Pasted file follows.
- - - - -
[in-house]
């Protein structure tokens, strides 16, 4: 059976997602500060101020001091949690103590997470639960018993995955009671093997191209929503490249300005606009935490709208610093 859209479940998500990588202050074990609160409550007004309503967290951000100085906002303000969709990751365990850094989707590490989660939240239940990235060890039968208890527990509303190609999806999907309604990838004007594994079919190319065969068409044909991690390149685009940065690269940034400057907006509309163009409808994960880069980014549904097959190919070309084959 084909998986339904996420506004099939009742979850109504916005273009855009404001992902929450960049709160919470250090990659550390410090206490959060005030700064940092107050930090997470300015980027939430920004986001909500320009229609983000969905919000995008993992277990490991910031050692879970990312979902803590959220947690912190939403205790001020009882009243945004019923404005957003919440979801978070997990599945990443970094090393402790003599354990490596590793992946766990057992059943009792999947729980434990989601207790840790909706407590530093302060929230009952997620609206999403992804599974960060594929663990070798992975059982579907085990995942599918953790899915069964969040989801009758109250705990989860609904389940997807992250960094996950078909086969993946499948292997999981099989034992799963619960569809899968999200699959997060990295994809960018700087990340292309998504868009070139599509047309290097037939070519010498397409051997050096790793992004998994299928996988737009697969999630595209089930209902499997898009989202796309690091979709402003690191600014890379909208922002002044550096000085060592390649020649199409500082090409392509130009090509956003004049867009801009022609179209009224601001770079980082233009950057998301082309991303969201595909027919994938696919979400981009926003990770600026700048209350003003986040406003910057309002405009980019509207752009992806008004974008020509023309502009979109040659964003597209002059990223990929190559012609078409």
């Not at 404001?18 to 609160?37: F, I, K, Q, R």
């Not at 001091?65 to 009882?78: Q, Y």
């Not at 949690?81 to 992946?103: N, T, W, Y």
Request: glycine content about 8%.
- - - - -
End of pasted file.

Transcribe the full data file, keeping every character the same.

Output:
[in-house]
């Protein structure tokens, strides 16, 4: 059976997602500060101020001091949690103590997470639960018993995955009671093997191209929503490249300005606009935490709208610093 859209479940998500990588202050074990609160409550007004309503967290951000100085906002303000969709990751365990850094989707590490989660939240239940990235060890039968208890527990509303190609999806999907309604990838004007594994079919190319065969068409044909991690390149685009940065690269940034400057907006509309163009409808994960880069980014549904097959190919070309084959 084909998986339904996420506004099939009742979850109504916005273009855009404001992902929450960049709160919470250090990659550390410090206490959060005030700064940092107050930090997470300015980027939430920004986001909500320009229609983000969905919000995008993992277990490991910031050692879970990312979902803590959220947690912190939403205790001020009882009243945004019923404005957003919440979801978070997990599945990443970094090393402790003599354990490596590793992946766990057992059943009792999947729980434990989601207790840790909706407590530093302060929230009952997620609206999403992804599974960060594929663990070798992975059982579907085990995942599918953790899915069964969040989801009758109250705990989860609904389940997807992250960094996950078909086969993946499948292997999981099989034992799963619960569809899968999200699959997060990295994809960018700087990340292309998504868009070139599509047309290097037939070519010498397409051997050096790793992004998994299928996988737009697969999630595209089930209902499997898009989202796309690091979709402003690191600014890379909208922002002044550096000085060592390649020649199409500082090409392509130009090509956003004049867009801009022609179209009224601001770079980082233009950057998301082309991303969201595909027919994938696919979400981009926003990770600026700048209350003003986040406003910057309002405009980019509207752009992806008004974008020509023309502009979109040659964003597209002059990223990929190559012609078409």
């Not at 404001?18 to 609160?37: F, I, K, Q, R």
């Not at 001091?65 to 009882?78: Q, Y």
């Not at 949690?81 to 992946?103: N, T, W, Y």
Request: glycine content about 8%.